Public Lecture @ Frost Science: The World of Single Molecule Microscopy
This is a past event.
Thursday, March 30 at 7:00pm
Phillip and Patricia Frost Museum of Science, Frost Planetarium
1101 Biscayne Blvd Miami, FL 33132
The ability to “see” single biomolecules with laser microscopy has led to a revolution in research opportunities for chemistry, physics, and molecular biology.
In this public lecture hosted by the Department of Physics and Phillip and Patricia Frost of Science on Thursday, March 30, Dr. David J. Nesbitt of JILA, University of Colorado, will present A Brief Stroll through the World of Single Molecule Microscopy: How to Study Biology, One Molecule at a Time. This talk will present a few short stories with the common theme of how we can use optical microscopy and single photon counting laser fluorescence methods to probe/measure the folding of single nucleic acid molecules (e.g., DNA and RNA) in real time.
Dr. Nesbitt will show how these single molecule methods can be used to measure rates for conformational folding and unfolding, as well as how we can strongly influence folding of DNA and RNA by heating/cooling or addition of cations like the Mg+2 you drink in Gatorade. A unifying goal in these stories will be the development of simple physical pictures that help us interpret, explain, and potentially influence the biophysics of DNA and RNA folding at the single molecule level.
Professor David Nesbitt:
Professor David Nesbitt is a fellow of JILA, a physicist at the National Institute of Standards and Technology (NIST), a Full Professor in both the Department of Chemistry and Biochemistry and in the Department of Physics at the University of Colorado at Boulder. Dr. Nesbitt received his BA in Chemistry and Physics from Harvard University in 1975 and his PhD in Chemical Physics from the University of Colorado at Boulder in 1981. He is interested in laser spectroscopy, dynamics, and kinetics of fundamental molecular, bio-molecular, and nanoparticle systems, studied at either the quantum state-to-state or single molecule level.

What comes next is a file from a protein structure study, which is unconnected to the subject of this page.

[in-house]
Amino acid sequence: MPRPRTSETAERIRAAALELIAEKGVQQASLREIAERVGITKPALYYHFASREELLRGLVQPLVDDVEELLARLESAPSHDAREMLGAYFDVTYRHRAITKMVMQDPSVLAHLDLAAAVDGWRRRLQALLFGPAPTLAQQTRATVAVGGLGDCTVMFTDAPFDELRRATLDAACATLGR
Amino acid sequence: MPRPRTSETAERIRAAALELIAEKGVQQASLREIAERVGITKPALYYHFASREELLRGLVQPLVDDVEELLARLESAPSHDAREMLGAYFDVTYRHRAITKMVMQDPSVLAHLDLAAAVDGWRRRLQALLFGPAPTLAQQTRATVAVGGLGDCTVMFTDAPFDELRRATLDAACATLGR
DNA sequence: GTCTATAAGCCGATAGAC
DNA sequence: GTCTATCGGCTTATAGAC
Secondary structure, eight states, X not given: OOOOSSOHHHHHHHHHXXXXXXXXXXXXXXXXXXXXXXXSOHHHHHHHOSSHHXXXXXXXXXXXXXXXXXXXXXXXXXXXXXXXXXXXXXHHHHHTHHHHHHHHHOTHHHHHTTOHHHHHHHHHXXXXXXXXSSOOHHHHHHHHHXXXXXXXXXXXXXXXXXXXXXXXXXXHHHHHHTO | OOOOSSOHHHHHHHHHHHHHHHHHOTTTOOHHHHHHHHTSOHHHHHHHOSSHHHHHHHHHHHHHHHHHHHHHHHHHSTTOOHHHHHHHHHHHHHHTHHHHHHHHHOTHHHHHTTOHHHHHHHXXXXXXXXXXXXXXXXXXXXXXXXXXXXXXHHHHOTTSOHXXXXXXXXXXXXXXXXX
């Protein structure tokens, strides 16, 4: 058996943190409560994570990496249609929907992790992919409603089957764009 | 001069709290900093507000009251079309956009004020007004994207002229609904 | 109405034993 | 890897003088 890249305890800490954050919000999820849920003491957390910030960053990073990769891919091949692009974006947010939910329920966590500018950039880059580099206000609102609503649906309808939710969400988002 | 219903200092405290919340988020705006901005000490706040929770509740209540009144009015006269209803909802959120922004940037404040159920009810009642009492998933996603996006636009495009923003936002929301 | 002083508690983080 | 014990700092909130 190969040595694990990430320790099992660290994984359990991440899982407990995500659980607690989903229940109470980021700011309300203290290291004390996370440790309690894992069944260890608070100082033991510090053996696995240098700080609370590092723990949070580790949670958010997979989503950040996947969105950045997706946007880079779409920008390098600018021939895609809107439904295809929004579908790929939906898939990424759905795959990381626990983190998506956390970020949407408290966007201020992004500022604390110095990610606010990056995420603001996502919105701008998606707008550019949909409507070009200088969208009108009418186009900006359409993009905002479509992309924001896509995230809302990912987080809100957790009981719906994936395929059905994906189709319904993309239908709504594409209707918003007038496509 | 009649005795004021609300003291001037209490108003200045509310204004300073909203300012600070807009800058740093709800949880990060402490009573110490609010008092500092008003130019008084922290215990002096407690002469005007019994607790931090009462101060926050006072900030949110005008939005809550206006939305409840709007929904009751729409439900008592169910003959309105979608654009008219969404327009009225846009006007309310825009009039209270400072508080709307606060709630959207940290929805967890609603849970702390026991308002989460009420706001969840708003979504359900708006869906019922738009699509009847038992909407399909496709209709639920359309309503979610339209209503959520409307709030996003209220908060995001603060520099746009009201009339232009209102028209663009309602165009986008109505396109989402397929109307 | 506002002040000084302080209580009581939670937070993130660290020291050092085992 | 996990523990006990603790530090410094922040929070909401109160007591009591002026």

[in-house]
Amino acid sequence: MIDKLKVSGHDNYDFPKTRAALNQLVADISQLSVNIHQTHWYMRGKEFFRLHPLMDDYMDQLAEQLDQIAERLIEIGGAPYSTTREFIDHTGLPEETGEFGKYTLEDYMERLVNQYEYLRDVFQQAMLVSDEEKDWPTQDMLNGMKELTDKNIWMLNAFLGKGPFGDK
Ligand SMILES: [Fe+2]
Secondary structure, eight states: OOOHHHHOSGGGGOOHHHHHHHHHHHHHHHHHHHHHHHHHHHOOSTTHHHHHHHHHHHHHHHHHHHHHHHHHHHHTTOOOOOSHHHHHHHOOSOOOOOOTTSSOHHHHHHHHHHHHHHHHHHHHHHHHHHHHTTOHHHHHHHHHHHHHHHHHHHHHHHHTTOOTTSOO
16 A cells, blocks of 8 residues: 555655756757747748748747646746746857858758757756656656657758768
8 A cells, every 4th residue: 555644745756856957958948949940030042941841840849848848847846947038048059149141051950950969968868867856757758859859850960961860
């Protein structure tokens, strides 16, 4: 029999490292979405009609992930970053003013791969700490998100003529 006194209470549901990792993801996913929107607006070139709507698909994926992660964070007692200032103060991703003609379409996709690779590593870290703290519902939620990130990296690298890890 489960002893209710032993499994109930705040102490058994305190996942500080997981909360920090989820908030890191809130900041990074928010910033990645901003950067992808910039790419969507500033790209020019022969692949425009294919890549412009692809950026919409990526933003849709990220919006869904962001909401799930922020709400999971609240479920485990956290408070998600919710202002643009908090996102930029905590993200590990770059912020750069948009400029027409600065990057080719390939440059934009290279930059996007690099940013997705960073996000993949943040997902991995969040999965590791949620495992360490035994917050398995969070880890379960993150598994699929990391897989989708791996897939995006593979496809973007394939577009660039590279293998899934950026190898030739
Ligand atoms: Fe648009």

Dr. Nesbitt has won numerous honors and awards including National Research Council Postdoctoral Fellow, National Bureau of Standards, 1981-82; Miller Fellow, University of California, Berkeley, 1982-84; American Chemical Society Nobel Laureate Signature Award, 1983 (with S. R. Leone and J. T. Hynes); Dreyfus Foundation Grant for Newly Appointed Faculty in Chemistry, 1984; Alfred P. Sloan Fellow, 1987; Wilson Prize Lecture, 1989; American Physical Society Fellow, 1991; Arthur S. Fleming Award for Government Service, 1991; Department of Commerce Silver Medal, 1992; Edward Uhler Condon Award (National Institute for Standards and Technology), 1995; Earle K. Plyler Prize (American Physical Society) 1997; William F. Meggers Award (Optical Society of America), 1999; Alexander von Humboldt Fellowship, 1999-present; Alexander von Humboldt Senior Scientist Award, 1999; Bourke Medal, Royal Society of Chemistry, Faraday Division, 2002; Senior Fellow, National Institute of Standards and Technology, 2005-present; Fellow of the Royal Society of Chemistry (UK), 2005; Presidential Rank Award, 2009; Fellow of the American Chemistry Society, 2010-present; E. Bright Wilson Award (American Chemical Society), 2017.
Admission is complimentary. Tickets are limited to four per transaction. Program will take place inside the Frost Planetarium.
Doors open at 6:30 p.m. Program starts promptly at 7:00 p.m. Seating is first-come, first-served.
Food and beverage will be available for purchase prior to the event.
Please note registration to the event does not include museum admission. Museum exhibitions close at 6:00 p.m. Onsite parking is available in the museum garage for $8 flat rate starting at 6:00 p.m.
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